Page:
10 fully resourced lessons to prepare students for the AQA English Language Paper 2, Section A exam: 'Writer's Viewpoints and Perspectives'.
This resource bundle includes:
Two powerpoint presentations totalling 142 slides.
A full lesson by lesson scheme of work including clear learning objectives and outlining assessment opportunities.
Eight different extracts to use with students from the 19th, 20th and 21st centuries.
Each lesson is clearly structured with learning objectives, learning start activities, learning review activities and opportunities for students to demonstrate and assess their learning in a number of ways.
The lessons aim to develop a common approach for tackling each question to build students' confidence. There are a number of opportunities for students to tackle the different question types and the presentations provide clear steps and guidance to support students during the assessment process.
Model answers and assessment sheets also included.
'American Sniper', Chris Kyle
'The Charge of the Light Brigade', William Howard Russell
'Letter to My Mother', Wilfred Owen
'A Beautiful Job', Gunner William Towers (WW1)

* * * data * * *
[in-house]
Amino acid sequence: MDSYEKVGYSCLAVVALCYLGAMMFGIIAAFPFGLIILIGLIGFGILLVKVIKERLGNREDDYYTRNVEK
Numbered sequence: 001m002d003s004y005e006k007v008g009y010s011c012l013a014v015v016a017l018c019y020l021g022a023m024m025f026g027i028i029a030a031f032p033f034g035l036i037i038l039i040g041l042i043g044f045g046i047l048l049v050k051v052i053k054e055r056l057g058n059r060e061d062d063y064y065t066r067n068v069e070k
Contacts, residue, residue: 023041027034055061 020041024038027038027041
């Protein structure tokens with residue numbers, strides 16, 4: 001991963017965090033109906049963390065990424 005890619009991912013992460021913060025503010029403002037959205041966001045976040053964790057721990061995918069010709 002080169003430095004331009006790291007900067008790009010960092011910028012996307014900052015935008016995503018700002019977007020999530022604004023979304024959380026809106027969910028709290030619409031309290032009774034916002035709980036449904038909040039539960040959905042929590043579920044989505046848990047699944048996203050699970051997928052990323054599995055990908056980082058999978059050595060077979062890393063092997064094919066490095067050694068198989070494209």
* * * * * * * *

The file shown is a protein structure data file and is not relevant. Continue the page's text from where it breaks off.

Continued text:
'The Death of Lord Nelson', William Beatty
'We Shall Fight Them on the Beaches', Winston Churchill
'Surrender Speech', Chief Joseph (taken from the AQA Reading Support Booklet)
'The Gettysburg Address', Abraham Lincoln
In addition to this, the presentations also include some optional Paper 2, Section B questions that link to the extracts and aim to develop students' nonfiction writing skills.
The lessons and extracts are focused around the theme of war so they can be linked with the 'Power and Conflict' AQA poetry anthology to develop students' contextual understanding for the English Literature exam.
Any feedback on the resource would be greatly appreciated!
Excellent resource. I have also purchased your narrative writing lessons as well. However, you ask pupils to use a circle map and a frame of reference for a variety of tasks but it would be useful to know what these are and examples of what they should look like for pupils (and teachers).
Hi, a circle map is a tool for gathering ideas. It is one of the eight thinking maps designed by David Hyerle. The topic that you would like to gather information about goes in the small circle in the centre e.g. 'ghosts'. In the larger circle students then record 'what' they know about the topic. The frame of reference is the square that surrounds the circles. In this section, students extend their thinking by recording 'how' they know this information. There are lots of examples available on the internet. I take your point about it being a tool that some teachers may not be familiar with so will adapt the resources to include some models. Thanks for the useful feedback!